This practice-based drawing subject focuses on developing skills and techniques in figurative drawing. It is designed for students who have little or no experience in visual art making. Students will be introduced to specialist figurative drawing techniques through working from both life models and from anatomical specimens within the Harry Brookes Allen Museum of Anatomy and Pathology in the Department of Anatomy and Neuroscience. Lectures and writing tasks that explore the human figure in historic and contemporary visual art will complement the drawing program. By the end of the subject, students should have developed a comprehensive folio of exercises and finished works exploring the body in both its living and preserved states, and highlighting the ways in which artistic practice can be used to examine these conditions.

Learning Outcomes:

On completion of this subject, students should be able to:

  • Demonstrate an understanding of, and productively apply, the knowledge and skills required to effectively represent the figure both from direct observation of life models and anatomical specimens, and through further studio-based experimentation.
  • Demonstrate an applied effort and positive development in the skills required to effectively represent the figure (drawings to be dated so that development can be observed in the final folio).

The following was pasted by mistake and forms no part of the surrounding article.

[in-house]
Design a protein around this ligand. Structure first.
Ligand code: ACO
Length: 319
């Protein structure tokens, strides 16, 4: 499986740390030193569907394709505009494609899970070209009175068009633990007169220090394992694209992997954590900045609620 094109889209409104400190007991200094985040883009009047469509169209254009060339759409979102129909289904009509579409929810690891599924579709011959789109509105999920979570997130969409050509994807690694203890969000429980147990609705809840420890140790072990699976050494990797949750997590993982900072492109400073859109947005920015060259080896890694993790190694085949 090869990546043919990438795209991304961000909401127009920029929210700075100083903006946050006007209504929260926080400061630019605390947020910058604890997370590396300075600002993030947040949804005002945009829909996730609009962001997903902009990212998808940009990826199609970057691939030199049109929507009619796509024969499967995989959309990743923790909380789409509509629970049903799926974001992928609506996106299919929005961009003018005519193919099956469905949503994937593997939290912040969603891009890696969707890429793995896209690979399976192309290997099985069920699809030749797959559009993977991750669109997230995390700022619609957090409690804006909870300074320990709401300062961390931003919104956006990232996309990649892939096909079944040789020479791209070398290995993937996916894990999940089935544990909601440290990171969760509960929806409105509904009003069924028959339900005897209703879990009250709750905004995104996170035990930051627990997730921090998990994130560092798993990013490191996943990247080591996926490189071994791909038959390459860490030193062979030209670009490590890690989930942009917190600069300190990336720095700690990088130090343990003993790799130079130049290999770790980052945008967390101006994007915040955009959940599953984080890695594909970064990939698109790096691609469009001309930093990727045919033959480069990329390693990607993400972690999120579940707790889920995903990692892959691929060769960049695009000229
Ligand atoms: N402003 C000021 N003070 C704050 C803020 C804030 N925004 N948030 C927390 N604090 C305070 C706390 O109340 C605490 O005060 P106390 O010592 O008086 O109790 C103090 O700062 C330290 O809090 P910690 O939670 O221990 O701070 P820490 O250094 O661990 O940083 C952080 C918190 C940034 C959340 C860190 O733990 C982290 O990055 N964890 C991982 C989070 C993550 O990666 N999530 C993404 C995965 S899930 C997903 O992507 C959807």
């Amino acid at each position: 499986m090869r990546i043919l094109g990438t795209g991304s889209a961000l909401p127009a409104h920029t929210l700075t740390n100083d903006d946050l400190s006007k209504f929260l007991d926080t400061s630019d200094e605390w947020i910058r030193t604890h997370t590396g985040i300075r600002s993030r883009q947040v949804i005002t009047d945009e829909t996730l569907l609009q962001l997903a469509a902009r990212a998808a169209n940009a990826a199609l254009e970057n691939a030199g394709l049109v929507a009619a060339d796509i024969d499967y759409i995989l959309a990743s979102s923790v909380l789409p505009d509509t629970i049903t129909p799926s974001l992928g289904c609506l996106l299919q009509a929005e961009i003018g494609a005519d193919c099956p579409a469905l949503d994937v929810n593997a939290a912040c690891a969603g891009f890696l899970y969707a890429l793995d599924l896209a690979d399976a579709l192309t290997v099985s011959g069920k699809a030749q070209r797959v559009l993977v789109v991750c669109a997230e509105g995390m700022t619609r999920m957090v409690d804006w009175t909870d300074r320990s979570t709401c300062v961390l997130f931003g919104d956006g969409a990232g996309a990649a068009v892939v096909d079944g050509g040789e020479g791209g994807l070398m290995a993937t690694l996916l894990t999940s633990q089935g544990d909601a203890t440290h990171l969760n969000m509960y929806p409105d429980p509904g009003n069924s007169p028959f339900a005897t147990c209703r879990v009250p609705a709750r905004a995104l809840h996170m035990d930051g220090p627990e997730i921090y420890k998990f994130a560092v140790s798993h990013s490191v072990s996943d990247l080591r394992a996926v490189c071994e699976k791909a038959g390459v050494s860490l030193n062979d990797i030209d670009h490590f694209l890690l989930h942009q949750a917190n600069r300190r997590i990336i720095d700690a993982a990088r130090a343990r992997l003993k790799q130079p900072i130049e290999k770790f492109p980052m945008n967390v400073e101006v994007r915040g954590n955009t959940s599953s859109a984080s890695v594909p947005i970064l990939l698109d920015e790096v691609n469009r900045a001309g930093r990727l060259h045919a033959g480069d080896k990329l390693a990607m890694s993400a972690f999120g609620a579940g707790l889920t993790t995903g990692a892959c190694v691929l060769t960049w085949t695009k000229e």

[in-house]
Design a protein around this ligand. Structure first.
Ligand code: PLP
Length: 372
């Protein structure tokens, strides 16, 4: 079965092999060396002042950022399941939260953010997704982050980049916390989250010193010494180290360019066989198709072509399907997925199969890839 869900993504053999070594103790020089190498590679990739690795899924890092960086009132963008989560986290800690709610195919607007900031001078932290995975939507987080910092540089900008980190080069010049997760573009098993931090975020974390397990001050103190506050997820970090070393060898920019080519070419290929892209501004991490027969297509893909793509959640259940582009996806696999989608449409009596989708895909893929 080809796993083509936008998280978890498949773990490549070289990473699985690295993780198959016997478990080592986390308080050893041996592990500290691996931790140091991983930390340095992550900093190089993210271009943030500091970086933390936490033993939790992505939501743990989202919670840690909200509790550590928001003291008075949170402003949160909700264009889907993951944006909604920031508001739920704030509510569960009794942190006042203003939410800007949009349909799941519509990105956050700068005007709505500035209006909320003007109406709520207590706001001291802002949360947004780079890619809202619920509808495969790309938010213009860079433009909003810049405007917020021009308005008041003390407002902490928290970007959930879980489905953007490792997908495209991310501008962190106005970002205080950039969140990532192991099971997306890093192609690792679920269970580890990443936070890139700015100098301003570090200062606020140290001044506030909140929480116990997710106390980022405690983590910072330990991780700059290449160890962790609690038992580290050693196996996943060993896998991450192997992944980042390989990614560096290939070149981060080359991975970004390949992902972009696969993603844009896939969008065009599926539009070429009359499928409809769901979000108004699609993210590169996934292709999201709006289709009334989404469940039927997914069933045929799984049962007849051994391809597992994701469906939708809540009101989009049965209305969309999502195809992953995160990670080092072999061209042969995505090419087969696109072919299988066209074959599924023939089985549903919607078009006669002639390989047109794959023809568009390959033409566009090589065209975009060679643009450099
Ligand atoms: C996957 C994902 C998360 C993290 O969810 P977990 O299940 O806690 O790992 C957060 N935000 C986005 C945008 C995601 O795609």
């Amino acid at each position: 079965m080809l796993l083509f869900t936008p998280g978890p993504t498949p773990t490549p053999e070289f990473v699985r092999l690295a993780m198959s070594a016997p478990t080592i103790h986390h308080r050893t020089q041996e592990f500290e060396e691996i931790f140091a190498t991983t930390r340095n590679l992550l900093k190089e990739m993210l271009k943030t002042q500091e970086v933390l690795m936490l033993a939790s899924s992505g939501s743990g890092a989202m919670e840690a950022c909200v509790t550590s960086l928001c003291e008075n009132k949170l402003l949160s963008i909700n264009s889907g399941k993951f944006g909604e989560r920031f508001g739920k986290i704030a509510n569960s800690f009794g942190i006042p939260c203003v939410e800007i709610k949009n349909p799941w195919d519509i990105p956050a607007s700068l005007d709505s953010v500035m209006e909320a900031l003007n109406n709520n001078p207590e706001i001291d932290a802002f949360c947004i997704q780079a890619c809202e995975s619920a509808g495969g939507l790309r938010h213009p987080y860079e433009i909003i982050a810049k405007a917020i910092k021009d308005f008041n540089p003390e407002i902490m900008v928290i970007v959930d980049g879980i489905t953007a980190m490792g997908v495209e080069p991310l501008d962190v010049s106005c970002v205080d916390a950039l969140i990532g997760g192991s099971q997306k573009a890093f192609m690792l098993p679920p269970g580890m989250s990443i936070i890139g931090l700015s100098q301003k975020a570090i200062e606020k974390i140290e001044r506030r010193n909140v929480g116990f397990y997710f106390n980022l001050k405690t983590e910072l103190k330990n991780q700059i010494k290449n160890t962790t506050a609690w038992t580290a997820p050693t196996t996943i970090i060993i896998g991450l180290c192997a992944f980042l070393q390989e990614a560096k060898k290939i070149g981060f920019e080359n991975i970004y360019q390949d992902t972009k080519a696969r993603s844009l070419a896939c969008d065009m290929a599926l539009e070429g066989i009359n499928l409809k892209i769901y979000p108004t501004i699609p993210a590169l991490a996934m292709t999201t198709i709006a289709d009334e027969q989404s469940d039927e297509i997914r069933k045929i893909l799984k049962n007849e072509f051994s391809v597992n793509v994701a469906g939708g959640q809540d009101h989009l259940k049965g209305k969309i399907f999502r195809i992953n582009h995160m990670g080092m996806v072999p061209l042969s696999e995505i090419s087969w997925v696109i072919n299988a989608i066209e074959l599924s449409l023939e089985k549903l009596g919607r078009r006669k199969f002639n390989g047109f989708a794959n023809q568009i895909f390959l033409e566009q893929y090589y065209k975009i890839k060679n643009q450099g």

• Explore, articulate and critically analyse (during class, in the visual diary and in writing) the ways in which the human body has existed in both historic and contemporary art, and how artistic production can be used to examine the body in both living and preserved states.
  • Folio - A comprehensive folio that includes completed work made for set exercises/projects, experimentation and related materials, and that demonstrates an appropriate level of understanding, development and application of the knowledge, skills and conceptual areas addressed in the subject; due 8-10 days after final class (75%)

  • Essay - 1000 words; due 8-10 days after final class (25%)

Hurdle requirement: Students must attend at least 80% of all scheduled classes for the folio and essay to be accepted for assessment purposes.

Prescribed Texts: None
Breadth Options:

This subject potentially can be taken as a breadth subject component for the following courses:

You should visit learn more about breadth subjects and read the breadth requirements for your degree, and should discuss your choice with your student adviser, before deciding on your subjects.

Fees Information: Subject EFTSL, Level, Discipline & Census Date
Generic Skills:

On completing this subject, students should be able to:

  • display an awareness of the graphic possibilities of a variety of concepts, materials and practices;
  • exhibit evidence of skill development both pictorially and technically as a means of independent image making;
  • indicate evidence of individual research in the relevant area of practice;
  • demonstrate capacities for artistic imagination, creativity, transformation and interpretation;
  • demonstrate practical skills in respect of critical analysis, problem solving; and
  • demonstrate an open, independent and inquiring attitude towards contemporary cultural developments and new ideas.